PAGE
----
An introduction to seplyr

December 14, 2017
By

(This article was first published on Revolutions, and kindly contributed to R-bloggers)

by John Mount, Win-Vector LLC

seplyr is an R package
that supplies improved standard evaluation interfaces for many common data wrangling tasks.

The core of seplyr is a
re-skinning of dplyr's
functionality to seplyr conventions (similar to how stringr
re-skins the implementing package stringi).

Standard Evaluation and Non-Standard Evaluation

"Standard evaluation" is the name we are using for the value oriented calling convention found in many programming languages. The idea is: functions are only allowed to look at the values of their arguments and not how those values arise (i.e., they can not look at source code or variable names). This evaluation principle allows one to transform, optimize, and reason about code.

It is what lets us say the following two snippets of code are equivalent.

  • x <- 4; sqrt(x)
  • x <- 4; sqrt(4)

The mantra is:

"variables can be replaced with their values."

Which is called referential transparency.

"Non-standard evaluation" is the name used for code that more aggressively inspects its environment. It is often used for harmless tasks such as conveniently setting axis labels on plots. For example, notice the following two plots have different y-axis labels (despite plotting identical values).

plot(x = 1:3)

Plot1

plot(x = c(1,2,3))

Plot2

dplyr and seplyr

The dplyr authors appear to strongly prefer a non-standard evaluation interface. Many in the dplyr community have come to think a package such as dplyr requires a non-standard interface. seplyr started as an experiment to show this is not actually the case.

Syntactically the packages are deliberately similar.

We can take a dplyr pipeline:

suppressPackageStartupMessages(library("dplyr"))

starwars %>%
  select(name, height, mass) %>%
  arrange(desc(height)) %>%
  head()

## # A tibble: 6 x 3
##           name height  mass
##             
## 1  Yarael Poof    264    NA
## 2      Tarfful    234   136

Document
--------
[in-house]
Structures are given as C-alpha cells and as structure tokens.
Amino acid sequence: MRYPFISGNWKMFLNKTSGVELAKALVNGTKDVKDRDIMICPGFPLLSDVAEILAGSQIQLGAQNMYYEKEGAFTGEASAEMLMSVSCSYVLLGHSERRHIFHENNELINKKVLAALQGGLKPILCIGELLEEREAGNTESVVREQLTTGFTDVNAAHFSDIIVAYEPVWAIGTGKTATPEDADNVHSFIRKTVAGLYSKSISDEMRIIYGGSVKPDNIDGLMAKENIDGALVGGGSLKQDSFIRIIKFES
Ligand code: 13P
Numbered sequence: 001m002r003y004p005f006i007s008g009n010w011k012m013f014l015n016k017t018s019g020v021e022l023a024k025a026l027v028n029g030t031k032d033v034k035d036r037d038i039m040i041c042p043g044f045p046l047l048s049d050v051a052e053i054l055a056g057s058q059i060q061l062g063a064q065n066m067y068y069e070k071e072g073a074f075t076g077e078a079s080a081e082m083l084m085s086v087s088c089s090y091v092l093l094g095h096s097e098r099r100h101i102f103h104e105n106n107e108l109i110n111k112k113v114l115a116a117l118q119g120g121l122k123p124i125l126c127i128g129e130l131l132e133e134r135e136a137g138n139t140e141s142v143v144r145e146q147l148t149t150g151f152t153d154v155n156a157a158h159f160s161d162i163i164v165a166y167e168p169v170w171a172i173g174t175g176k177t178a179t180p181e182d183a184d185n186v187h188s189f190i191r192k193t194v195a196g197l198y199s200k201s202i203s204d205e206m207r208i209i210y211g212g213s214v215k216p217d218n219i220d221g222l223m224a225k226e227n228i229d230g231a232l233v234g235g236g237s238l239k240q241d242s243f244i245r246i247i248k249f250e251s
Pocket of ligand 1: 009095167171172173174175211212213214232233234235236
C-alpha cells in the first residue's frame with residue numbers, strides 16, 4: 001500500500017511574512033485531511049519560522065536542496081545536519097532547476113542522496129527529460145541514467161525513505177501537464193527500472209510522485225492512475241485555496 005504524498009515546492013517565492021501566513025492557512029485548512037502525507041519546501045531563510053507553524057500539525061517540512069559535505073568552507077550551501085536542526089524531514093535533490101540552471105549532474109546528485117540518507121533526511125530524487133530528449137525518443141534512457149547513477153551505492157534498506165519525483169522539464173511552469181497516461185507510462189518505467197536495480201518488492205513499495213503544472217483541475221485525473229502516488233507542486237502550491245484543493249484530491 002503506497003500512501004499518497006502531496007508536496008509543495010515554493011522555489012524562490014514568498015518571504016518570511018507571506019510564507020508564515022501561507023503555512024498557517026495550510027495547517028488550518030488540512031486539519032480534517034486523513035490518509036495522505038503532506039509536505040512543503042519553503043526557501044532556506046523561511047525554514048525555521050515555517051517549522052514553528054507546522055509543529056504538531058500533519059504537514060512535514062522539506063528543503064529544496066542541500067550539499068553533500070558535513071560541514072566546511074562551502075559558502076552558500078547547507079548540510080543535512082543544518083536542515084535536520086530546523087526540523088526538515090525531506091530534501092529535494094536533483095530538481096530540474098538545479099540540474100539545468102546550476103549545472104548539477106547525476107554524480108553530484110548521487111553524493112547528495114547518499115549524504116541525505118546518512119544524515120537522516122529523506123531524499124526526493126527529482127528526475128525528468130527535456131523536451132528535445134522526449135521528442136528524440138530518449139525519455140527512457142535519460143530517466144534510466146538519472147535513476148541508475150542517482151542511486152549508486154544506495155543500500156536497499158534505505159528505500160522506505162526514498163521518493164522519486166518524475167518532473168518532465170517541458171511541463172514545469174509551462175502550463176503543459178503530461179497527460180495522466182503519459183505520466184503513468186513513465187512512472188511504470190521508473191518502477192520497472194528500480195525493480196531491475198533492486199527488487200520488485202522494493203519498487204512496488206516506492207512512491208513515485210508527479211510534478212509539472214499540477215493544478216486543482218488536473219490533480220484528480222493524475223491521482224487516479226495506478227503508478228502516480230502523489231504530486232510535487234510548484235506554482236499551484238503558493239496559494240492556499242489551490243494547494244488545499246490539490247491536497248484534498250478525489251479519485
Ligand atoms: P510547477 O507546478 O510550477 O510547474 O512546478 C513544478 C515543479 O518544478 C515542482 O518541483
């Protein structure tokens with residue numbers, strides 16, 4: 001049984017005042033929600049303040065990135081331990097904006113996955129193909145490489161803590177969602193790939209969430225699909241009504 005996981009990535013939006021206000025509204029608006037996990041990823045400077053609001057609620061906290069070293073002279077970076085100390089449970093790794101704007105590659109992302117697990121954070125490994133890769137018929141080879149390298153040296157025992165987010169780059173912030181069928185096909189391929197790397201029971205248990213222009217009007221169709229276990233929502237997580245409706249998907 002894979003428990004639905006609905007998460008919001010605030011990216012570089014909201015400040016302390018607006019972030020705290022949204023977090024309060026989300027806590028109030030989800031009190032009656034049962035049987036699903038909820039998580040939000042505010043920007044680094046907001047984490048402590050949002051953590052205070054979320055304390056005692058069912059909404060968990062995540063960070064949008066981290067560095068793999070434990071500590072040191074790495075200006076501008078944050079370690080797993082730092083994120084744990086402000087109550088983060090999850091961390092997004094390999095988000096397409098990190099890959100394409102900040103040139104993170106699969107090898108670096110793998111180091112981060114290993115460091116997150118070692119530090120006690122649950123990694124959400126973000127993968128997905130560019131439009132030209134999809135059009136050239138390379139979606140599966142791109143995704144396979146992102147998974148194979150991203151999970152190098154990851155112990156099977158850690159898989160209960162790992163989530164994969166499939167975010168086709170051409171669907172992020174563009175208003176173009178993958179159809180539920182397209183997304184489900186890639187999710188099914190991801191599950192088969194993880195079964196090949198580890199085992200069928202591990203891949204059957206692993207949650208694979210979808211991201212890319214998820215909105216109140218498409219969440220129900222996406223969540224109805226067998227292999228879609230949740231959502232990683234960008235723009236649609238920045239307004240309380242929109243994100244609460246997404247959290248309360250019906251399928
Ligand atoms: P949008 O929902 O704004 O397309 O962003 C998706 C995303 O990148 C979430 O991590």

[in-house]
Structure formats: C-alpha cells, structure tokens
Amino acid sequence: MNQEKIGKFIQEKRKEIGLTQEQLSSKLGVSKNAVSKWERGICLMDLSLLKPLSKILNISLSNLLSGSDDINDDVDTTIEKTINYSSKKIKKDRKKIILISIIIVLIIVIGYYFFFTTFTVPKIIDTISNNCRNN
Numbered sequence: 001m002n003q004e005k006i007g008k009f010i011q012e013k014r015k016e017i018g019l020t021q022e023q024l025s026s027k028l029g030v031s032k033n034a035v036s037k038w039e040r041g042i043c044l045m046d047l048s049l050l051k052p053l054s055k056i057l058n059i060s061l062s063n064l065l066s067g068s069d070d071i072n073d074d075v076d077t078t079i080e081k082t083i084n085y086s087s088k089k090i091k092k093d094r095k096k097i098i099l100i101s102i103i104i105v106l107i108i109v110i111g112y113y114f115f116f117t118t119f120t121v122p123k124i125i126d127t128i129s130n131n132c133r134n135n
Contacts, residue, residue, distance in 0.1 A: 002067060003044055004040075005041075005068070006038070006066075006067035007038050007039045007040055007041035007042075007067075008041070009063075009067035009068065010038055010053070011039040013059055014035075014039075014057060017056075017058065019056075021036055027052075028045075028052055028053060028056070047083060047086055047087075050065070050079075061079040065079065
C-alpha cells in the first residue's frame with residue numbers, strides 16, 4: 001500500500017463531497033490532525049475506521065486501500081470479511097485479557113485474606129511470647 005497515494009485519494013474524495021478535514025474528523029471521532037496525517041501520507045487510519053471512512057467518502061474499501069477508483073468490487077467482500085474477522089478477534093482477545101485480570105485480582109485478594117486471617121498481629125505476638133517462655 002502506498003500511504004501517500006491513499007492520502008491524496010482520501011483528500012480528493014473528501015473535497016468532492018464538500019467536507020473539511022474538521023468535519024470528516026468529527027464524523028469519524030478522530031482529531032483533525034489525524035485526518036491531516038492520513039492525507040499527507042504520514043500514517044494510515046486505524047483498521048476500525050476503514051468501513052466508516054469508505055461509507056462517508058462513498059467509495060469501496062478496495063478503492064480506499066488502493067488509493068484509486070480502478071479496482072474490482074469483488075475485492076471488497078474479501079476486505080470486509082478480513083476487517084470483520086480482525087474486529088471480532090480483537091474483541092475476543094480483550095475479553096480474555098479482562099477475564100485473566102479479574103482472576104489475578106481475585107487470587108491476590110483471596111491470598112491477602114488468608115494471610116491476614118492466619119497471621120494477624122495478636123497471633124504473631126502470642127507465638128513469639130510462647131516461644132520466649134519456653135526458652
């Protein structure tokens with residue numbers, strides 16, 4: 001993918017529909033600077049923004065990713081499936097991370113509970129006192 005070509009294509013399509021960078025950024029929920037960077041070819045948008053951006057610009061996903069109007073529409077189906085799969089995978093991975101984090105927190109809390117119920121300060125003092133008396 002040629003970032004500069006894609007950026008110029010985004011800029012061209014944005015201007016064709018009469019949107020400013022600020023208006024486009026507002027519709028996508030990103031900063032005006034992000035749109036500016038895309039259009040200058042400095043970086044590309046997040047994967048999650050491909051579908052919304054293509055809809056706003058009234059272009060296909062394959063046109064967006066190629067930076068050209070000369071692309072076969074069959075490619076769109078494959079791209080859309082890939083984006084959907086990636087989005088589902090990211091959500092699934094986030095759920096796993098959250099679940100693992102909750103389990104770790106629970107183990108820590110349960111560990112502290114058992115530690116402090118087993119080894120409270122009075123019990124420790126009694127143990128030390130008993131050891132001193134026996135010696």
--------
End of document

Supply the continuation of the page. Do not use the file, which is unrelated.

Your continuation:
## 3      Lama Su    229    88
## 4    Chewbacca    228   112
## 5 Roos Tarpals    224    82
## 6     Grievous    216   159

And re-write it in seplyr notation:

library("seplyr")

starwars %.>%
  select_se(., c("name", "height", "mass")) %.>%
  arrange_se(., "desc(height)") %.>%
  head(.)

## # A tibble: 6 x 3
##           name height  mass
##             
## 1  Yarael Poof    264    NA
## 2      Tarfful    234   136
## 3      Lama Su    229    88
## 4    Chewbacca    228   112
## 5 Roos Tarpals    224    82
## 6     Grievous    216   159

For the common dplyr-verbs (excluding mutate(), which we will discuss next) all the non-standard evaluation is saving us is a few quote marks and array designations (and we have ways of getting rid of the need for quote marks). In exchange for this small benefit the non-standard evaluation is needlessly hard to program over. For instance in the seplyr pipeline it is easy to accept the list of columns from an outside source as a simple array of names.

Until you introduce a substitution system such as rlang or wrapr::let() (which we recommend over rlang and publicly pre-dates the public release of rlang) you have some difficulty writing re-usable programs that use the dplyr verbs over "to be specified later" column names.

We are presumably not the only ones who considered this a limitation:

Github

seplyr is an attempt to make programming a primary concern by
making the value-oriented (standard) interfaces the primary interfaces.

mutate()

The earlier "standard evaluation costs just a few quotes" becomes a bit strained when we talk about the dplyr::mutate() operator. It doesn't seem worth the effort unless you get something more in return. In seplyr 0.5.0 we introduced "the something more": planning over and optimizing dplyr::mutate() sequences.

A seplyr mutate looks like the following:

  select_se(., c("name", "height", "mass")) %.>%
  mutate_se(., c(
    "height" := "height + 1",
    "mass" := "mass + 1",
    "height" := "height + 2",
    "mass" := "mass + 2",
    "height" := "height + 3",
    "mass" := "mass + 3"
  )) %.>%
  arrange_se(., "name") %.>%
  head(.)

## # A tibble: 6 x 3
##                  name height  mass
##                    
## 1              Ackbar    186    89
## 2          Adi Gallia    190    56
## 3    Anakin Skywalker    194    90
## 4        Arvel Crynyd     NA    NA
## 5         Ayla Secura    184    61
## 6 Bail Prestor Organa    197    NA

seplyr::mutate_se() always uses ":=" to denote assignment (dplyr::mutate() prefers "=" for assignment, except in cases where ":=" is required).

The advantage is: once we are go to the trouble to capture the mutate expressions we can treat them as data and apply procedures to them. For example we can re-group and optimize the mutate assignments.